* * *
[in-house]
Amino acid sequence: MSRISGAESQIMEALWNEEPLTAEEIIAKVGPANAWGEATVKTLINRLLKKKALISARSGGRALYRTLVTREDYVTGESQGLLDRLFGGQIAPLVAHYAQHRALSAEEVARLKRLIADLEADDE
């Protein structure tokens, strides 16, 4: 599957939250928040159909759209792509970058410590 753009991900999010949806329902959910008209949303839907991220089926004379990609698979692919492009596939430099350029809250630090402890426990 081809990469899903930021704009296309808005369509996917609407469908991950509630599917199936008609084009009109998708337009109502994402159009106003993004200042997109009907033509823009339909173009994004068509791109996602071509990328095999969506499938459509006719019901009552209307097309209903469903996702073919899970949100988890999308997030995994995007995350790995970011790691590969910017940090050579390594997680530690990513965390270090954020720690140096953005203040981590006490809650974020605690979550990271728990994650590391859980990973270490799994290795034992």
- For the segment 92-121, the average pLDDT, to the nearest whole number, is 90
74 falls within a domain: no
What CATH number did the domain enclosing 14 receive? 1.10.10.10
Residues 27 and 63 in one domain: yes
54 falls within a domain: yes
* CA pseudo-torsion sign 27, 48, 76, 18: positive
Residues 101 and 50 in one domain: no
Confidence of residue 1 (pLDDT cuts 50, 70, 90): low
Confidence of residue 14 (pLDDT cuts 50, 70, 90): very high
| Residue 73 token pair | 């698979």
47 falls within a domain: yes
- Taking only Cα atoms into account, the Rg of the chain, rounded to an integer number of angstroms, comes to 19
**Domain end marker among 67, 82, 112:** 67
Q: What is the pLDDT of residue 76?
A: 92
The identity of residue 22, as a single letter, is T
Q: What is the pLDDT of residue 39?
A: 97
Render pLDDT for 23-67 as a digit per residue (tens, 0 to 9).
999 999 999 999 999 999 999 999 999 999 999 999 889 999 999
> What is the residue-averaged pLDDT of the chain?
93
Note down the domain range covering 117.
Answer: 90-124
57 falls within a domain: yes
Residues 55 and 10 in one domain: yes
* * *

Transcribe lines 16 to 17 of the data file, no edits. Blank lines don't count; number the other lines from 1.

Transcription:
**Domain end marker among 67, 82, 112:** 67
Q: What is the pLDDT of residue 76?